Schools stay shut as substitution and supervision pay row deepens
There is no sign of a deal to reverse the indefinite closure of schools in a row over pay for substitution and supervision, t he Association of Secondary Teachers of Ireland (Asti) has warned.
Union president Ed Byrne issued the warning as the row deepened and while parents and pupils prepared for continued strikes on a separate issue of equal wages for newly qualified teachers.
Education Minister Richard Bruton said it beggared belief that teachers are forcing the indefinite closure of hundreds of schools over one hour of extra work a week, known as the Croke Park hours.
About 200,000 secondary pupils have no access to classes as members of Asti refuse to carry out substitution and supervision.
More than half of the country's 735 schools are closed, with schools under religious patronage or owned by a religious body worst affected.
The industrial action over substitution and supervision, sparked by the union's rejection of the later Lansdowne Road public sector pay deal, leaves thousands of students in exam year missing classes, parents taking leave or seeking childcare and teachers being docked pay.
Talks aimed at brokering a deal collapsed over the weekend.
Some 78% of Asti members voted in favour of withdrawal from supervision and substitution.
Mr Byrne accused the Government of reneging on a deal to pay teachers for the time spent looking after pupils during breaks and free periods and when colleagues are unavailable to teach.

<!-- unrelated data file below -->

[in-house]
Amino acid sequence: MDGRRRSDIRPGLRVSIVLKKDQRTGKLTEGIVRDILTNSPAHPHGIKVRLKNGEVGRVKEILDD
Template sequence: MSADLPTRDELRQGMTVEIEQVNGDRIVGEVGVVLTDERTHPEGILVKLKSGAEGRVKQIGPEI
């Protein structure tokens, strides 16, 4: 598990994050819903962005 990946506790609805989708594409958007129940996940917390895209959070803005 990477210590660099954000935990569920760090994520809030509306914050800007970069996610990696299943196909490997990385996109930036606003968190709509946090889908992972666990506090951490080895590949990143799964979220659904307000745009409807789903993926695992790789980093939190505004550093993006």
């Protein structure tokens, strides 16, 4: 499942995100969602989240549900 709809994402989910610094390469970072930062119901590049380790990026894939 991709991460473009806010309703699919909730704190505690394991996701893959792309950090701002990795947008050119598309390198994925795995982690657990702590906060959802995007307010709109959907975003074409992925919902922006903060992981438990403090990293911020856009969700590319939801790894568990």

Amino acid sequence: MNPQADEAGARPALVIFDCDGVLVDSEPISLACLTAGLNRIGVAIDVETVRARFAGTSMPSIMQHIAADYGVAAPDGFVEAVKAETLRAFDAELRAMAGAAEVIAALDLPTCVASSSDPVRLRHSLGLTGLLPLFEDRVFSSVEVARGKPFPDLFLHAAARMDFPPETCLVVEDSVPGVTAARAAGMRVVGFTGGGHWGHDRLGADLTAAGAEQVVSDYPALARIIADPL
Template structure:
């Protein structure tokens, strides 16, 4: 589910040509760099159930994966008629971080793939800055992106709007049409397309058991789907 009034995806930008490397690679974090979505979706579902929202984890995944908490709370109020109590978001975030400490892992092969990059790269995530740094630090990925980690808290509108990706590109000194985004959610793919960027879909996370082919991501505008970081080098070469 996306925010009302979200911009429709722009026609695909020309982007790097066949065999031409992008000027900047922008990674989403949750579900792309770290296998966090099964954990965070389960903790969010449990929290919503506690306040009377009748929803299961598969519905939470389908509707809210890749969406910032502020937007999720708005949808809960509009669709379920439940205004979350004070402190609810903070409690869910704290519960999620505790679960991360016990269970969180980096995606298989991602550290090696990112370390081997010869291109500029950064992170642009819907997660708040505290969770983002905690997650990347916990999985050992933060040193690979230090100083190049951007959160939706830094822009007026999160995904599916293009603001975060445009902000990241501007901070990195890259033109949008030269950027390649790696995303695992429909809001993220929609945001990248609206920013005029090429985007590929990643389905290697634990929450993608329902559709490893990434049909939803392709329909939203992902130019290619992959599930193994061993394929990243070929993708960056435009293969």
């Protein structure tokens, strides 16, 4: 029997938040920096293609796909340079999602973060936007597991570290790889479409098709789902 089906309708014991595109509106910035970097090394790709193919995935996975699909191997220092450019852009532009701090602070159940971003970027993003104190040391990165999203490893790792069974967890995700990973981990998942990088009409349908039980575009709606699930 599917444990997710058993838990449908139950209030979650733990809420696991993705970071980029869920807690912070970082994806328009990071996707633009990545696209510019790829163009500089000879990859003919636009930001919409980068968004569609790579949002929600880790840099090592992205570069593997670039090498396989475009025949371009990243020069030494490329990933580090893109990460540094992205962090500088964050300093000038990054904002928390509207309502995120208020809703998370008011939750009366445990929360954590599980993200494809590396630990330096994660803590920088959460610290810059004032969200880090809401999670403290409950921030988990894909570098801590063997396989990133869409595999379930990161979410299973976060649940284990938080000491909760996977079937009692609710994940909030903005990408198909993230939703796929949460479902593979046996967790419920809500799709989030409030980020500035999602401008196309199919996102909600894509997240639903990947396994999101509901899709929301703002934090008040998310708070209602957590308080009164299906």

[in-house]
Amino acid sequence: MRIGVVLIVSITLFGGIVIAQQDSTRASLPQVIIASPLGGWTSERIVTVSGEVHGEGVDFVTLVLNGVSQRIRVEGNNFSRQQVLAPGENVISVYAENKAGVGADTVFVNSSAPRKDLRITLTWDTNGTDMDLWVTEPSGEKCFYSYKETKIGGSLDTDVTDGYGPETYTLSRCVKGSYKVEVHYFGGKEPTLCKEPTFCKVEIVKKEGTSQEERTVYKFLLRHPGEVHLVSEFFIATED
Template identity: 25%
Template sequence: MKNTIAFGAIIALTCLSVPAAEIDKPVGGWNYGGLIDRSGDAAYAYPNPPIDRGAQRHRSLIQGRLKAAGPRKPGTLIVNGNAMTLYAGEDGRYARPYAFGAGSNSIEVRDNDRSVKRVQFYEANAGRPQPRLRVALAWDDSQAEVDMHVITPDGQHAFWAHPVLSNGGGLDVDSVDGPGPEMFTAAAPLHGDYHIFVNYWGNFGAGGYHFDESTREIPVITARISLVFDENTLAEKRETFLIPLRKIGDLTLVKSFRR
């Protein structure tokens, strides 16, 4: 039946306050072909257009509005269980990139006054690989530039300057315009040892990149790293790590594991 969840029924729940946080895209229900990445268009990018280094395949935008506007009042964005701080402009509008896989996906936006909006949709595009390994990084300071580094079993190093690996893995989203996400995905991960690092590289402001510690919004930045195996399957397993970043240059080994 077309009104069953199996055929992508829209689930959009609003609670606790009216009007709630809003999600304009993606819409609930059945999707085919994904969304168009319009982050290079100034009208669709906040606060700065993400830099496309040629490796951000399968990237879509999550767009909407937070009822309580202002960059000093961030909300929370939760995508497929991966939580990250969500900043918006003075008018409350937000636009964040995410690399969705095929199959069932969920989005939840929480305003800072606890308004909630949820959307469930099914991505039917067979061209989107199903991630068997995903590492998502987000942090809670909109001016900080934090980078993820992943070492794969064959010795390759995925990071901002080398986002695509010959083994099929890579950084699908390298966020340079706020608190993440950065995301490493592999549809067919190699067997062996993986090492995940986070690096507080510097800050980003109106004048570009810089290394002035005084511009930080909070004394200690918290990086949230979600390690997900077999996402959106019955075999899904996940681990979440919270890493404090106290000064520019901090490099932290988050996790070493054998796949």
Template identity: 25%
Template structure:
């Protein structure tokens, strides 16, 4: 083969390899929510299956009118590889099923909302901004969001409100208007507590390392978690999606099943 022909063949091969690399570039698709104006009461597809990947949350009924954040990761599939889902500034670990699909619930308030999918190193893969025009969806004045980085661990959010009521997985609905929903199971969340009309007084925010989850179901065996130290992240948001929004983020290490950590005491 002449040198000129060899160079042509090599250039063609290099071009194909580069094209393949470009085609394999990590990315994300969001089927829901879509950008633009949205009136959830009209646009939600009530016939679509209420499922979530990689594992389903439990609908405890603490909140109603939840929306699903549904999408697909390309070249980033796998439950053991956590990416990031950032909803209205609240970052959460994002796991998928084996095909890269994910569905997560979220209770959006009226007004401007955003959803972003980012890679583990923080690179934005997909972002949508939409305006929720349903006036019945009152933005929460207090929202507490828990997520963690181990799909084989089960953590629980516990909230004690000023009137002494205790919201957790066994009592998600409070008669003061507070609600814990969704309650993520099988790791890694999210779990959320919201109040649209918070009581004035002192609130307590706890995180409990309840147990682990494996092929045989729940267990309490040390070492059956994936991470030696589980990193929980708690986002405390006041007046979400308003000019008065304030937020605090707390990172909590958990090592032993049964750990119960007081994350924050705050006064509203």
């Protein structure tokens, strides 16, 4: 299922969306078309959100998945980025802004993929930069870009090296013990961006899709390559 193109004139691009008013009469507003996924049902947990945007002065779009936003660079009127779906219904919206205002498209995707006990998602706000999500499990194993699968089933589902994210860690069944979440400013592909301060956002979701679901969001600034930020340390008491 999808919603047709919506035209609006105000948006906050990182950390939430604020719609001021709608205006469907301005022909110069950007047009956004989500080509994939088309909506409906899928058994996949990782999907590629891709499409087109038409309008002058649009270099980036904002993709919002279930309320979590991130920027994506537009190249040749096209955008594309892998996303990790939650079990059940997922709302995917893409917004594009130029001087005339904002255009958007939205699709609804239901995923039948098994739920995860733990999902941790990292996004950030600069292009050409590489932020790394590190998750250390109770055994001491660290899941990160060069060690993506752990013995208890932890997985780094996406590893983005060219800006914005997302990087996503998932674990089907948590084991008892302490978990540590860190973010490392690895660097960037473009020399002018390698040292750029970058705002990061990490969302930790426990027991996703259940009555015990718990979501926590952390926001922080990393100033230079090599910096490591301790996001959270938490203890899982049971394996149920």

"This is to do with a rigid agreement they agreed ... they have reneged on that. It is not acceptable," he said.
"There is no sign of resolution. Let's be honest - schools are shut today because the department are trying to force us into Lansdowne Road. No other reason."
Mr Bruton said an offer is on the table for teachers to work the additional hour and in return trigger 1,500 euro (£1,334) pay for substitution time and quicker permanency and 6,500 euro (£5,782) pay rises for young teachers and new promotion opportunities.
"It beggars belief that the Asti would close the schools indefinitely about their decision to refuse to work one hour per week over the 33 weeks that they work," he told RTE Radio.
"That's something that every public servant works. And some work more than one hour.
"They are trying to rewrite the entire approach to public pay in this dispute."
Mr Bruton said he was bewildered by the teachers' approach.
He said if other public servants took the same stance as the Asti, it would cost the state 700 million euro (£623 million) or 14,000 jobs.
John Curtis, g eneral secretary of the Joint Managerial Body, which represents the 380 schools in the voluntary secondary sector, said only a dozen or so of its schools would remain open.
"This is unfair to thousands of students and their families who will be affected. We must get our schools open and our students back to their normal school routines as quickly as possible," he said.
The State Examinations Commission will keep exam plans under review depending on how long schools are closed.
The dispute is compounded by the planned series of walkouts by Asti members over equal pay for new entrants with the next strike planned for Tuesday.
Mr Bruton claimed that plans to pay carers more money , give an extra five euro (£4.45) a week in benefits and for pensions and to employ another 2,500 teachers next year would be sacrificed if the attitude of the Asti was replicated across the public sector.